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Remember Medicare for All in the healthcare reform debate

Yet Medicare for All continues to raise its head.  When single payer advocates were excluded from the White House kick off meeting for health care reform, doctors’ opened the door to two single payer advocates with a plan to protest at the White House gate.   When Senate Finance Chair Baucus ruled single payer off the table, thirteen doctors, nurses, and others rose to protest.  Baucus had them arrested.  Those gutsy advocates pried open another door and won a round of publicity for single payer.  But still not a place at the table.

Yet support for single payer continues to grow.  Its simplicity, humanity, and economic efficiency win more supporters each day.  The Kentucky House of Representatives, four other state legislative bodies, scores of cities and counties, a half dozen giant religious denominations, NOW, the NAACP, and the National Conference of Mayors have called for passage of HR 676.  For unions, it’s the plan of choice.  At each contract deadline the double digit rise in health care costs gobbles up the lion’s share of bargaining power.  For that reason, 578 unions including 39 state AFL-CIO’s and 134 central labor councils have endorsed HR 676.  In September the national AFL-CIO Convention declared unanimous support for single payer as the social insurance plan necessary to achieve social justice.

When Physicians for a National Health Program founder Quentin Young, testified before a House committee last June, Representative Weiner listened and was impressed.  Weiner turned HR 676 into an amendment that would transform the House bill into a single payer plan.  He popularized it as Medicare for All and catapulted the discussion into the national media with his feisty good humor and popular style.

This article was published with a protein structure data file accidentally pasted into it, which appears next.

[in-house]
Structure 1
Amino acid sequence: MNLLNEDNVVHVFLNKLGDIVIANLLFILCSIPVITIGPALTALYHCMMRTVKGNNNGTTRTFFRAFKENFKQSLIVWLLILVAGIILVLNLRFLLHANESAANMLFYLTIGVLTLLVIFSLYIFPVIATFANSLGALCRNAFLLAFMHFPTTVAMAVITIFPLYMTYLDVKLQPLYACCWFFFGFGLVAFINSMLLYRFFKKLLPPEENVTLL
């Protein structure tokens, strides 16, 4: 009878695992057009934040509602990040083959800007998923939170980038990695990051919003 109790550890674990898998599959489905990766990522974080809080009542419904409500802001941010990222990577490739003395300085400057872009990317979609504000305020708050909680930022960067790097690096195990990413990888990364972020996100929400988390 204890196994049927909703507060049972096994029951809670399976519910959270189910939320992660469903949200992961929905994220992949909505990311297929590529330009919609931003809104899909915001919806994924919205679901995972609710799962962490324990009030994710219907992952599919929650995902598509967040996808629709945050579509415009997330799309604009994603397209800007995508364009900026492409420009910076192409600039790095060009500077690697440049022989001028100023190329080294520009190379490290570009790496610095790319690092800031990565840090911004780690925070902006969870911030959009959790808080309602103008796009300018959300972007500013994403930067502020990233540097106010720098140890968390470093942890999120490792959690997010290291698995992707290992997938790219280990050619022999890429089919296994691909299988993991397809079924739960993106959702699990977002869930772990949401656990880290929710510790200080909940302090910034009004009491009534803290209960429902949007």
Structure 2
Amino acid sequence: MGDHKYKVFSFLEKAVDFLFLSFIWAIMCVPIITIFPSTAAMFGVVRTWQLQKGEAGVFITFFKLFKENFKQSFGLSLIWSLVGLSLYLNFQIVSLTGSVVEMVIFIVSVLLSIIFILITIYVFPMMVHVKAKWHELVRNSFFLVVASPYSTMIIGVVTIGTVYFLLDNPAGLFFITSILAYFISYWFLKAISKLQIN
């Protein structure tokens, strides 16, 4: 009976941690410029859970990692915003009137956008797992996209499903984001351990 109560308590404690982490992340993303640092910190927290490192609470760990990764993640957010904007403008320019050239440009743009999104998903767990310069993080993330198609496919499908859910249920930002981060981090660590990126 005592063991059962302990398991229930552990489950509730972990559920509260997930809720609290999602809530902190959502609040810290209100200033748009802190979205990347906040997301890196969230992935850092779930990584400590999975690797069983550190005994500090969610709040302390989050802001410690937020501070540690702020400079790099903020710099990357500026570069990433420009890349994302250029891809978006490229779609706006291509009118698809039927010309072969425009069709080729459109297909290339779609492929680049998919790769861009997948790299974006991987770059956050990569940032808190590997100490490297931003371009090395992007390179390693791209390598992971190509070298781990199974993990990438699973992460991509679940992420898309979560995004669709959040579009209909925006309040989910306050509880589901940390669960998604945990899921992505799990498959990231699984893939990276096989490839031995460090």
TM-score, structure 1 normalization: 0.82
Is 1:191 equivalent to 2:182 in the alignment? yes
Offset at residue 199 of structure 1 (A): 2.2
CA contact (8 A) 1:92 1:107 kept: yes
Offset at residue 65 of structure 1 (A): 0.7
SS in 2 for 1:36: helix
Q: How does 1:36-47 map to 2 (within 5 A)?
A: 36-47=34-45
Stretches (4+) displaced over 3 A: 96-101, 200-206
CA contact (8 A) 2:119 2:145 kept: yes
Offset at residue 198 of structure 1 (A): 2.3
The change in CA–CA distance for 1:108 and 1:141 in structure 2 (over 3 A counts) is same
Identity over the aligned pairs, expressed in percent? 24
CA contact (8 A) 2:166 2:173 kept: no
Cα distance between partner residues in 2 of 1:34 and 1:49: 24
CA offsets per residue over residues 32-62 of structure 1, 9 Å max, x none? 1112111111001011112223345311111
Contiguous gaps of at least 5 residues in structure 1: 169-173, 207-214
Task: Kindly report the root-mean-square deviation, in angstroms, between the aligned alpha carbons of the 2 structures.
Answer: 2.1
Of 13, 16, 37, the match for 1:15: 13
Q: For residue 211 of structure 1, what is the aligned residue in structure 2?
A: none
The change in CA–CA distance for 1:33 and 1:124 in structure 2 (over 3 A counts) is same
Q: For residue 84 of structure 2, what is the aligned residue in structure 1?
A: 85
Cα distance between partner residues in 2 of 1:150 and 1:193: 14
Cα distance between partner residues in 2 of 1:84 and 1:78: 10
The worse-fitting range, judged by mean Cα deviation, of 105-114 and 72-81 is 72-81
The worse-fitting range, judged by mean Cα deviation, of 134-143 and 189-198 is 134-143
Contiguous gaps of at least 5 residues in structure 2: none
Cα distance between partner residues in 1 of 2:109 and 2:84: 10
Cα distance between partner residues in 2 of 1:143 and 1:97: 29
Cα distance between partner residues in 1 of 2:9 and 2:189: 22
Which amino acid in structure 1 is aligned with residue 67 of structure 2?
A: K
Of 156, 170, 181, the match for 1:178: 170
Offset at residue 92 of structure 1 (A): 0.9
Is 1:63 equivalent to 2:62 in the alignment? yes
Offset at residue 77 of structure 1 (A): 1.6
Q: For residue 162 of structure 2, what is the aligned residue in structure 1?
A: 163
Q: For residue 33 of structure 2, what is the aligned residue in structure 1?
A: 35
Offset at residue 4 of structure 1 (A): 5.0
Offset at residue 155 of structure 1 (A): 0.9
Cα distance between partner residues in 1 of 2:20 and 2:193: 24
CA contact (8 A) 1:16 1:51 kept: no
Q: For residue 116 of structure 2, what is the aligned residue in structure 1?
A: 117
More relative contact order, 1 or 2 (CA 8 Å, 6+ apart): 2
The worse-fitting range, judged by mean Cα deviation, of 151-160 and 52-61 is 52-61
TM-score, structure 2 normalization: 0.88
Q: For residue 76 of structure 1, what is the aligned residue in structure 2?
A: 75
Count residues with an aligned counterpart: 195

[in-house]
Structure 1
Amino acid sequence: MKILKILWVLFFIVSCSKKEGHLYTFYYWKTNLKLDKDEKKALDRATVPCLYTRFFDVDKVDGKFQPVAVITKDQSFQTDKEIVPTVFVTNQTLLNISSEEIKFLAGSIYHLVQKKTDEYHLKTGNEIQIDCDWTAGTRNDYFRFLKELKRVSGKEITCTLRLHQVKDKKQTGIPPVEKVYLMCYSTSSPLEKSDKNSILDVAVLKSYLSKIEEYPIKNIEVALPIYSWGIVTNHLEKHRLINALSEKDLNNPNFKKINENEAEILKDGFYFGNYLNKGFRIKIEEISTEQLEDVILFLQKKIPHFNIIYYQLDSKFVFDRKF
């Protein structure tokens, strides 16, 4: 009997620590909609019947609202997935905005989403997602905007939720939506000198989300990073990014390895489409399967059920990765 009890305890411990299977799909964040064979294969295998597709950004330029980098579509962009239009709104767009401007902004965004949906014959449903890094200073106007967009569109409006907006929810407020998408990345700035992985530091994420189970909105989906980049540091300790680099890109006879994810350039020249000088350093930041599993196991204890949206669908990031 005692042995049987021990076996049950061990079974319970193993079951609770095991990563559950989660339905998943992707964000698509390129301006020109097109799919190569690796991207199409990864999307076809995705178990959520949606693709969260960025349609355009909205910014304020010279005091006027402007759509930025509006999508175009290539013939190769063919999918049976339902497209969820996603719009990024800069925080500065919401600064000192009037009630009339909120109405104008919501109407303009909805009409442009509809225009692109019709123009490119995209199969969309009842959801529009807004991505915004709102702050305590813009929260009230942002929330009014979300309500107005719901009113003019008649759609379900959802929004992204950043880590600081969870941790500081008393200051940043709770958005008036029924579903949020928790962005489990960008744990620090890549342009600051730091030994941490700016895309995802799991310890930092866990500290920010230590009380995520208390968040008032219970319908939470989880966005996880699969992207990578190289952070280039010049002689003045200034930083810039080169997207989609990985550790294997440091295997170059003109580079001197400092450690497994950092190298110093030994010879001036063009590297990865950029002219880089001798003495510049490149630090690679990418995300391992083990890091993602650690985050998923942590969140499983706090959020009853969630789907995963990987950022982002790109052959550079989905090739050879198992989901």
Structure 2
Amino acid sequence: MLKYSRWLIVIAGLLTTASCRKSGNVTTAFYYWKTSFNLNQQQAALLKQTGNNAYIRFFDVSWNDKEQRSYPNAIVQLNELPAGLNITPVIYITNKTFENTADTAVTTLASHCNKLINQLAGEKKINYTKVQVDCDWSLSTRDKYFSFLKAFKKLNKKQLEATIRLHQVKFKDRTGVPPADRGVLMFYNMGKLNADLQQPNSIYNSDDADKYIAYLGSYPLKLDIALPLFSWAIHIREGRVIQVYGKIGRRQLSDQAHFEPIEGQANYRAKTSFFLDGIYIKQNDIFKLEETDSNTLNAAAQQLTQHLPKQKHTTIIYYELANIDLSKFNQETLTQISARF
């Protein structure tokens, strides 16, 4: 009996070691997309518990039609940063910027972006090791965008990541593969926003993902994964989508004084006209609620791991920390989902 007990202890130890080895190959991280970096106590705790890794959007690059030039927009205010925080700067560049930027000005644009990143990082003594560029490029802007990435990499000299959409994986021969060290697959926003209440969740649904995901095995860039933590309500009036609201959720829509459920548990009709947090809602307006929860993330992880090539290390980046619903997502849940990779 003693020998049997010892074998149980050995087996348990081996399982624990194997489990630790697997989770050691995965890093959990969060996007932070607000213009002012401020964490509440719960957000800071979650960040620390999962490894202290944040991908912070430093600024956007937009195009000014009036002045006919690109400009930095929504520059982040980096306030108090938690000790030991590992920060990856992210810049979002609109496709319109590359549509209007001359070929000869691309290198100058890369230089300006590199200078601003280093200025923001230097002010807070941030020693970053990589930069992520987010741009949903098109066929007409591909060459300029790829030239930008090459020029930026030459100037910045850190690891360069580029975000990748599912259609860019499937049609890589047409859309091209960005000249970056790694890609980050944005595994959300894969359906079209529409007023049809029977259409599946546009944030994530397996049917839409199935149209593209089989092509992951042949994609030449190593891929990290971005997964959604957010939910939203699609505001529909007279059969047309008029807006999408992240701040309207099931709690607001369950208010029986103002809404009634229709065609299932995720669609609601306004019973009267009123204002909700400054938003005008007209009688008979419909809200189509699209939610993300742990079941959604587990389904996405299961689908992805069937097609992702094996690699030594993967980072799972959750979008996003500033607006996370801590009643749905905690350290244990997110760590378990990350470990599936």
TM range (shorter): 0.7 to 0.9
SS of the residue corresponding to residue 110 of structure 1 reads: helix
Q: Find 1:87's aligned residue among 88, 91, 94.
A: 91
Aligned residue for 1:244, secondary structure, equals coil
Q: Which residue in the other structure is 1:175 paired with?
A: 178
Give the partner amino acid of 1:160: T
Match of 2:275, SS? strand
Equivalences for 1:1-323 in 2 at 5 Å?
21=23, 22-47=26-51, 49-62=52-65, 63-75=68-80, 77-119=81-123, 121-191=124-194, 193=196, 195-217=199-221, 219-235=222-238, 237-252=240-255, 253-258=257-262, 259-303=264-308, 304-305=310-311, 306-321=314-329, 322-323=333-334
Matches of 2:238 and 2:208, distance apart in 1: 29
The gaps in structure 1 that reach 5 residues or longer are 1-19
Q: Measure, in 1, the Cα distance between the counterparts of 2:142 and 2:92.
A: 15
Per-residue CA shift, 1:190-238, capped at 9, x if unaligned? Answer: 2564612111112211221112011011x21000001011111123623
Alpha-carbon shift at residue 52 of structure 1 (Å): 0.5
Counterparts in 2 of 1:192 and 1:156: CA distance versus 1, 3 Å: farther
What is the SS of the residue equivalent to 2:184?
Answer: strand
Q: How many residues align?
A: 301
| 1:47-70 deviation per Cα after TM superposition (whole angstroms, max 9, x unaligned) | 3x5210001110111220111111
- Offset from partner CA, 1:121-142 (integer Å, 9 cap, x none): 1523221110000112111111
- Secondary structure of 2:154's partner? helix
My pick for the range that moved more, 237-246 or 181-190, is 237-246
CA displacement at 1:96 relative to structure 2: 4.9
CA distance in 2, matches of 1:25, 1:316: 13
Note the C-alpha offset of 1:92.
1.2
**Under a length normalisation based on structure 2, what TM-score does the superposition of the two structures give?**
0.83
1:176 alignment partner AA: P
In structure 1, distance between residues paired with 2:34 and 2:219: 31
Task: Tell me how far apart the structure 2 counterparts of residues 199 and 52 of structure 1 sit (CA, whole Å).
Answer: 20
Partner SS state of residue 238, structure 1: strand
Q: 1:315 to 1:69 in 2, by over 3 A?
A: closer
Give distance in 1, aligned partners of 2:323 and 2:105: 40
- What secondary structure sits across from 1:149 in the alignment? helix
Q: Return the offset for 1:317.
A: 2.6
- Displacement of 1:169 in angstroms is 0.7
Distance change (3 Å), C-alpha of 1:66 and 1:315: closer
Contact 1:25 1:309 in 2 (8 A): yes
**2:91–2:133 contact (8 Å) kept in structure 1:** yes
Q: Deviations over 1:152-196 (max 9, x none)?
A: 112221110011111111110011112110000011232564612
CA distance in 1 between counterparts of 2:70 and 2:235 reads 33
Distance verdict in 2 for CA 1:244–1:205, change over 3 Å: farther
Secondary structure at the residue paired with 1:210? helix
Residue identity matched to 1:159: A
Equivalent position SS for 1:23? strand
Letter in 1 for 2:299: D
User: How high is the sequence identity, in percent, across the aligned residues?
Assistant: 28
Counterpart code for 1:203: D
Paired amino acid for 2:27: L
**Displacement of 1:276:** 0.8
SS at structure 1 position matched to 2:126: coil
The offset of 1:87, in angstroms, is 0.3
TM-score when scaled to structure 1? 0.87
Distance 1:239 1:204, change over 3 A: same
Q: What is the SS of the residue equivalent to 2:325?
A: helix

Now Pelosi wants to renege on her promise to Weiner.  We have sent an action alert to over 19,000 unionists asking them to contact Pelosi, and Waxman (who relayed Pelosi’s commitment publicly) and Slaughter (who heads the rules committee) to assure that they allow the Weiner amendment to come to the floor.

The “public option” that remains in both the Senate and the House bills is pitiful and powerless–totally incapable of providing cost control.  Those bills, with their forced mandates and fines, their massive transfer of public funds to the insurance industry, and their ban on bulk buying power to rein in the pharmaceutical companies, will fail woefully to cover our people and to make that care affordable.

Pelosi should stick to her promise.  We’ll keep up the effort to make her do so.  Either now or later Medicare for All will have to come to the table.  We’ll keep building the movement to make that happen.


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